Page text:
A pair of L.E.D.'s 152 is provided above the force display 150 and these are adapted to be illuminated in unison. They are arranged to illumine only when a target force is matched by an applied force and to be extinguished a predetermined period of time after the target force is achieved.
A series of four "rest duration" L.E.D.'s 154 is also provided on the front face of the pack 104. These are arranged to be illuminated sequentially, in equally timed steps, to provide an indication to the patient of the duration of a rest period in which he is required to allow the muscles being exercised to relax. The "count down" effect of the four L.E.D.'s also informs the patient when he is the rest period and helps him to exericse smoothly without the jerky reaction which could be expected if an "applied force" L.E.D. were to be illuminated without warning.
Finally, there is a single L.E.D. 156, referred to as the "end of sequence" L.E.D. because it is illuminated when an exercise programme has been completed, and remains so illuminated until a fresh exercise programme begins.
Turning now to the features found on the rear face of the electronic pack, these will be described for convenience from left to right.
At the lefthand end, there are jack plug connection points 160 for a chart recorder (not shown) which can be connected to the electronic pack for the purpose of producing a chart showing the performance of a patient during a test of maximum voluntary contraction or during a physiotherapy programme. The ability to produce a permanent hard record of this nature is something which has not been possible with the previous sand bag and Delorme boot methods of measurement and exercise.
At 162, there is shown a thumbwheel switch, which in this particular instance provides tens and units, for setting a target exercise force. Thumbwheel switches of this type, which are adapted to provide electrical output signals related to the selected numbers are well known. The target exercise force thumbwheel switch is also illustrated in FIG. 9. For the present, it is sufficient to say that the switch 162 can be set by the physiotherapist, to give a preselected target force for a physiotherapy programme.
Next there is another thumbwheel switch 164 similar to that at 162, but the switch 164 is used for setting the number of repetitions of the prescribed force in a given physiotherapy programme. This is followed by a "set zero" switch 166 after which, there is an illuminated display 168 which provides in arabic numeral form a visible indication of the force achieved by a patient pressing the limb being exercised against the cuff 132. All these items are provided on a lefthand panel 170 of the apparatus. In the centre of the electronic pack 104, there is a second panel 172 which is occupied by two rotary selector switches 174 and 176. The switch 174 is used by the physiotherapist to set the "rest duration" that is the length of the period during which the patient is required to relax the muscles which are being exercised between successive contractions of those muscles. It will be noted that the selector switch 174 is also illustrated in FIG. 12, and that its range of positions follows a binary sequence. The selector switch 176 is the "force duration" switch and is also illustrated in FIG. 12. Furthermore, its range of positions also follows a binary sequence. The force duration switch is used by the physiotherapist to set the period of time during which the patient is required to exercise a muscular force against the cuff 132 of the apparatus. Finally, on the central panel 172, there are RESET and START pushbuttons 178 and 180 which are shown in FIG. 11.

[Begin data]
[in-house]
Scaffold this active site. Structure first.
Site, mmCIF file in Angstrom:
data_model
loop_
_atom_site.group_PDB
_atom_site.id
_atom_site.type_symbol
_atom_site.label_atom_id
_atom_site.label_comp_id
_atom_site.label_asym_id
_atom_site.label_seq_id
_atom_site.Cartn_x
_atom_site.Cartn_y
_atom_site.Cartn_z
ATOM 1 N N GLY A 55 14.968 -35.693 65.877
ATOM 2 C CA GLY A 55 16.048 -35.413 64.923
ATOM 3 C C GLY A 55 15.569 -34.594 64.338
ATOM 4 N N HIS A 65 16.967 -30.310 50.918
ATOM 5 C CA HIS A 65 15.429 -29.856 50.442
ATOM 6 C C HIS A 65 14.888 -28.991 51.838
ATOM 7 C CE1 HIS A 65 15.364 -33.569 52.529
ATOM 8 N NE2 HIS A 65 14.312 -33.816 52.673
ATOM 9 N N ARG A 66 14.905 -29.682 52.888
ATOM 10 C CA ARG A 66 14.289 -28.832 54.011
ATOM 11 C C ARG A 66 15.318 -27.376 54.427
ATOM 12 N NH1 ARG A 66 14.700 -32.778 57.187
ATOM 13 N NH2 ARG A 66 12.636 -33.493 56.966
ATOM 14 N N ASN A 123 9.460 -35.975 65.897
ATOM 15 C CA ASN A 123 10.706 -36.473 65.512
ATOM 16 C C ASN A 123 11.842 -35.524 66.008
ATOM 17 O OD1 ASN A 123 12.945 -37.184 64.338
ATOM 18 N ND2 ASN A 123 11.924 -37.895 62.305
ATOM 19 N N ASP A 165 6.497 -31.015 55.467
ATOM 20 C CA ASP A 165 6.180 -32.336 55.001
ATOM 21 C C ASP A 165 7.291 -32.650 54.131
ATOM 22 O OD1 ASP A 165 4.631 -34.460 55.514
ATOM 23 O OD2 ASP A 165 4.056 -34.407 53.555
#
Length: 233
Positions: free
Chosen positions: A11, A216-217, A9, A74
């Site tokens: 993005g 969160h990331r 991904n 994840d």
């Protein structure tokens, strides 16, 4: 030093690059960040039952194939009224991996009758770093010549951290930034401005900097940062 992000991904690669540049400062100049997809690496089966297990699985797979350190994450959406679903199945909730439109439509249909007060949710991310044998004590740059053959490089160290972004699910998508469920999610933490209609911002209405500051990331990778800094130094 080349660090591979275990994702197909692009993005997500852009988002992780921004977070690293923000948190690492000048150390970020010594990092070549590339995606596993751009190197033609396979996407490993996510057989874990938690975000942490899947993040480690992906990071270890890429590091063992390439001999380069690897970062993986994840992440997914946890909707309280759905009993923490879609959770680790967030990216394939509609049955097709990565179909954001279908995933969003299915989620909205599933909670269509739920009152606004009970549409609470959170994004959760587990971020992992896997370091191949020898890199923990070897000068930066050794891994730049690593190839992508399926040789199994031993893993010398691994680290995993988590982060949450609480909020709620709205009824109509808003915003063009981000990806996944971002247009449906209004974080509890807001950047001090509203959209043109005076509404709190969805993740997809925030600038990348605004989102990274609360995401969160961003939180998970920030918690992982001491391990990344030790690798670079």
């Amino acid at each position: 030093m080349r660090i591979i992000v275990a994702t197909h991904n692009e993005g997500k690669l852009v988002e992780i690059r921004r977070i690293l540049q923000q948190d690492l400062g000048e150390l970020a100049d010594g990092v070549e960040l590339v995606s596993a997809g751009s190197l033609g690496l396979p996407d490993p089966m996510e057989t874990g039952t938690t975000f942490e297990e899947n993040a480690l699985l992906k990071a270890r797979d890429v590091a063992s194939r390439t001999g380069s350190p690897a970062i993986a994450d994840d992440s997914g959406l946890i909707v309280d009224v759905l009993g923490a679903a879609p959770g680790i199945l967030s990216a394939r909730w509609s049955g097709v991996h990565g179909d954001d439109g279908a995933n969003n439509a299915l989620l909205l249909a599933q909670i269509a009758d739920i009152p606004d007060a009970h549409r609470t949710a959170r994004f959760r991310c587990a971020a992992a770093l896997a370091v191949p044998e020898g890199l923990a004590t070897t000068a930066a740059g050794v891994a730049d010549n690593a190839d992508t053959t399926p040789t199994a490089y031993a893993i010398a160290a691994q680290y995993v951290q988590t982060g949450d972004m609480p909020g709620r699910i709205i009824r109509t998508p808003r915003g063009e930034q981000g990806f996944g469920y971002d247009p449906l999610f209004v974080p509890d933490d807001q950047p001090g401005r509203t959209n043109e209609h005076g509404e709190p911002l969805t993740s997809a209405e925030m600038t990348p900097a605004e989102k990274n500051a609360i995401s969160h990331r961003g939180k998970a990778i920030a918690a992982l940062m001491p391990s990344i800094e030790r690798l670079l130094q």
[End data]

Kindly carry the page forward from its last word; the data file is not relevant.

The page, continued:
Towards the righthand end of the electronic pack 104, there is an a.c. mains control panel 182 which includes a main on/off switch 184 for the apparatus, a fuse 186, and a socket 188 for a mains plug.
Before describing the method of operation, reference will be made to FIGS. 9 to 14, which illustrate the electronic circuitry, in some cases in block diagram form.
FIG. 9 shows the circuitry required to actuate the moving dot force display 150, which it will be recalled, is visible to the patient on the front side of the electronic pack 104. It will be seen that the analogue signal received from the strain gauges, and comprising a voltage which equals a constant multiplied by the force applied at the cuff 132, is first fed to a zero adjustor 200 which is a known device, used to ensure that there is no output signal from the apparatus, when zero force applied to the transducer by the patient. From the zero adjuster, the signal passes through an amplifier 202 to an analogue to digital converter 204. Analogue to digital converters are again in themselves well known, and it should be mentioned, that this particular converter gives a binary coded decimal output (B.C.D.). The B.C.D. output appears at the right output lines indicated in two groupings on FIG. 9, that is to say the M.S.B. group comprising the lines Di s, Ci s, Bi s and Ai s and the L.S.B. group comprising the lines Ds, Cs, Bs and As. Each of the two groups of output lines from the digital converter 204 has a tapping 12i, 12 respectively, to M.S.B. and L.S.B. code comparators illustrated in FIG. 13.